The U.S. Department of State’s Office of International Religious Freedom (J/IRF), in partnership with the Bureau of Democracy, Human Rights and Labor (DRL) announces an open competition for organizations interested in submitting applications for projects that support increased accountability for human rights.
J/IRF’s goal is to increase accountability for human rights violations by leveraging the institutional knowledge and activities of civil society. Documenters, human rights advocates, journalists, and survivors are key actors in providing first-hand accounts of state actors that promote gross violations of human rights. This program will aim to increase quality and quantity of civil society documentation of severe violations of religious freedom; increase civil society engagement with accountability mechanisms in the U.S. and abroad; and facilitate strategic advocacy within regional and international fora.
Severe violations of religious freedom are defined as systematic, ongoing, egregious violations of religious freedom including violations such as:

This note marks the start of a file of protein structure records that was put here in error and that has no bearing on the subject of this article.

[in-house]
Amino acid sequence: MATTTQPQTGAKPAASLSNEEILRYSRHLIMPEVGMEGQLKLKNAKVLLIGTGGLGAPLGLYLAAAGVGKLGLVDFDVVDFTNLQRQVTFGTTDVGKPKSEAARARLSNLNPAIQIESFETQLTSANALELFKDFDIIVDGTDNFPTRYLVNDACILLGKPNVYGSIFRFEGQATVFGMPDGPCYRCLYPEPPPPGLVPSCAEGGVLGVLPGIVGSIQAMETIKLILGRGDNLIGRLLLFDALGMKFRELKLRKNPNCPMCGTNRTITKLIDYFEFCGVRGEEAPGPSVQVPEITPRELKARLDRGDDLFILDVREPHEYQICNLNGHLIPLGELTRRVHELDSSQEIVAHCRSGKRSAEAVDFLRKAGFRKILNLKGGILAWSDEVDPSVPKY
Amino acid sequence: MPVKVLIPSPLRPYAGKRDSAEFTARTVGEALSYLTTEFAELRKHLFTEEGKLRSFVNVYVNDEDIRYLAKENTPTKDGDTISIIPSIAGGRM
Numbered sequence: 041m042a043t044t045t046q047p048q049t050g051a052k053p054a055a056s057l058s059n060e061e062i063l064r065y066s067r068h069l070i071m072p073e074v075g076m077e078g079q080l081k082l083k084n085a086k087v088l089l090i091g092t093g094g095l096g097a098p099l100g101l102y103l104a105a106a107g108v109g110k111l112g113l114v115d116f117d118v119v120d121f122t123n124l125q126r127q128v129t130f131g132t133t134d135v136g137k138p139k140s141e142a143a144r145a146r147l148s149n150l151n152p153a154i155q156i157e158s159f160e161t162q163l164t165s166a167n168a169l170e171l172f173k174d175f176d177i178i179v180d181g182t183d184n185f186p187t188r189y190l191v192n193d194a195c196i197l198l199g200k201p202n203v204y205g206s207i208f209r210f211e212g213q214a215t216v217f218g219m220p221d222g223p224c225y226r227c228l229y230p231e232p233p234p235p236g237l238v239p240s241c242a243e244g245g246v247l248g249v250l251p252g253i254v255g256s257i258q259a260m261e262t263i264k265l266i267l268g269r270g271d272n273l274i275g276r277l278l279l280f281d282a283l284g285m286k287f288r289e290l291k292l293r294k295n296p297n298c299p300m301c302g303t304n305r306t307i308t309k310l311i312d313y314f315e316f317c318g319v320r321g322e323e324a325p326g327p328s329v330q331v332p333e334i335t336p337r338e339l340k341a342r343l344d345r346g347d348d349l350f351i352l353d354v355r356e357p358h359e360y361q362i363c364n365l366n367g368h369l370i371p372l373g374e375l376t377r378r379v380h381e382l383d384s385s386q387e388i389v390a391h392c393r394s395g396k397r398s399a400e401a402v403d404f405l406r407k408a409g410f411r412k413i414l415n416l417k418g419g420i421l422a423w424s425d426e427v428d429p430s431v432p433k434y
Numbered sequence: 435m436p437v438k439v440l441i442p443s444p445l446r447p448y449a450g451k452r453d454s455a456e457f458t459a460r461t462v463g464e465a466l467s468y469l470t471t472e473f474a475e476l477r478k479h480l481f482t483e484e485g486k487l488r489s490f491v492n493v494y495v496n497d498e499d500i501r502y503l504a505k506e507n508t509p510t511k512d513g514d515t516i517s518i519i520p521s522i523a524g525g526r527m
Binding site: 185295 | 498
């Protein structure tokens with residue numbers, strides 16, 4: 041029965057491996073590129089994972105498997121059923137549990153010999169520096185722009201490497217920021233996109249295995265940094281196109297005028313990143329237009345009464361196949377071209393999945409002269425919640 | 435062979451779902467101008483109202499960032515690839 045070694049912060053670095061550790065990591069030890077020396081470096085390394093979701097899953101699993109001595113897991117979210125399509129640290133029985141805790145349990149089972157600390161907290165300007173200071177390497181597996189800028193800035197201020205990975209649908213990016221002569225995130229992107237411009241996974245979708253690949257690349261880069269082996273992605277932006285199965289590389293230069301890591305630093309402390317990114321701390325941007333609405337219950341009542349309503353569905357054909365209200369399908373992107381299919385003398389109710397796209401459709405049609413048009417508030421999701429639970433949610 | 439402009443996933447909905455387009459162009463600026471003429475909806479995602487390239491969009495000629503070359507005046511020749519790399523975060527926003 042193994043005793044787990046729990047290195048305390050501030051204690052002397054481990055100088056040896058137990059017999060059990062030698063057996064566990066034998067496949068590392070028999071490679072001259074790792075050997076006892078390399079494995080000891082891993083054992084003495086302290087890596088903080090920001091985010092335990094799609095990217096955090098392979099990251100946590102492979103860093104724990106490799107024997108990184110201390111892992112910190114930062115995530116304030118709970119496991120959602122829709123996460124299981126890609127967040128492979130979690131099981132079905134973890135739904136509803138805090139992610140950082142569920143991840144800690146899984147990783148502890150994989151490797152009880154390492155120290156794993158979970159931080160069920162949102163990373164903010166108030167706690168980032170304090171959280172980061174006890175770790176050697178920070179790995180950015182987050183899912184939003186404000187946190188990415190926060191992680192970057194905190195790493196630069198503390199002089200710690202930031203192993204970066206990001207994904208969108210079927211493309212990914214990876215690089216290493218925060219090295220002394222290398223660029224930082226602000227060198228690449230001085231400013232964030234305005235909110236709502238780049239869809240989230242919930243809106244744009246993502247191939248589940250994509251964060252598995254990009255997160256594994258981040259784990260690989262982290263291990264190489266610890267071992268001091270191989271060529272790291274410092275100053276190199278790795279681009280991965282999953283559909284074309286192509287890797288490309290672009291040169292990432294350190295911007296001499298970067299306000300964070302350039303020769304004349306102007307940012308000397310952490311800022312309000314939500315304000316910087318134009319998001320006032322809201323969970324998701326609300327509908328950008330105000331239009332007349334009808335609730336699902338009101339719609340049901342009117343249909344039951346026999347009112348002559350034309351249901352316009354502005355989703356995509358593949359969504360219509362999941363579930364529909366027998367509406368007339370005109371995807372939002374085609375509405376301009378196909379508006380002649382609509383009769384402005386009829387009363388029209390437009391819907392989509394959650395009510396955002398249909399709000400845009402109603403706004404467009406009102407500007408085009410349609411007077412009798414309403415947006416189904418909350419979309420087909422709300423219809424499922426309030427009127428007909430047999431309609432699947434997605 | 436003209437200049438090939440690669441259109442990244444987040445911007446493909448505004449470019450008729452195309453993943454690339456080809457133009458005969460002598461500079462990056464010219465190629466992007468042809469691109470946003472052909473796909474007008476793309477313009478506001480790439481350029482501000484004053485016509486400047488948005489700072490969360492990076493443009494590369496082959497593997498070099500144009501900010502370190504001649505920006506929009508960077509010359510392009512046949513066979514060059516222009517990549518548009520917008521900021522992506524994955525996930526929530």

- Torture or cruel, inhuman, or degrading treatment or punishment;
- Prolonged detention without charges.
- Causing the disappearance of persons by the abduction or clandestine detention of those persons; other flagrant denial of the right of life, liberty, or the security of persons.
Proposals should justify why specific countries were selected.
Countries within the WHA region as defined by the Department of State are excluded from this solicitation due to ongoing efforts.
DRL requires all programs to be non-discriminatory and expects implementers to include strategies for nondiscrimination of individuals/organizations/beneficiaries based on race, color, religion, sex, gender identity, gender expression, sex characteristics, sexual orientation, pregnancy, national origin, disability, age, genetic information, marital status, parental status, political affiliation, or veteran’s status.
Where appropriate, competitive proposals may include:
- Opportunities for beneficiaries to apply their new knowledge and skills in practical efforts;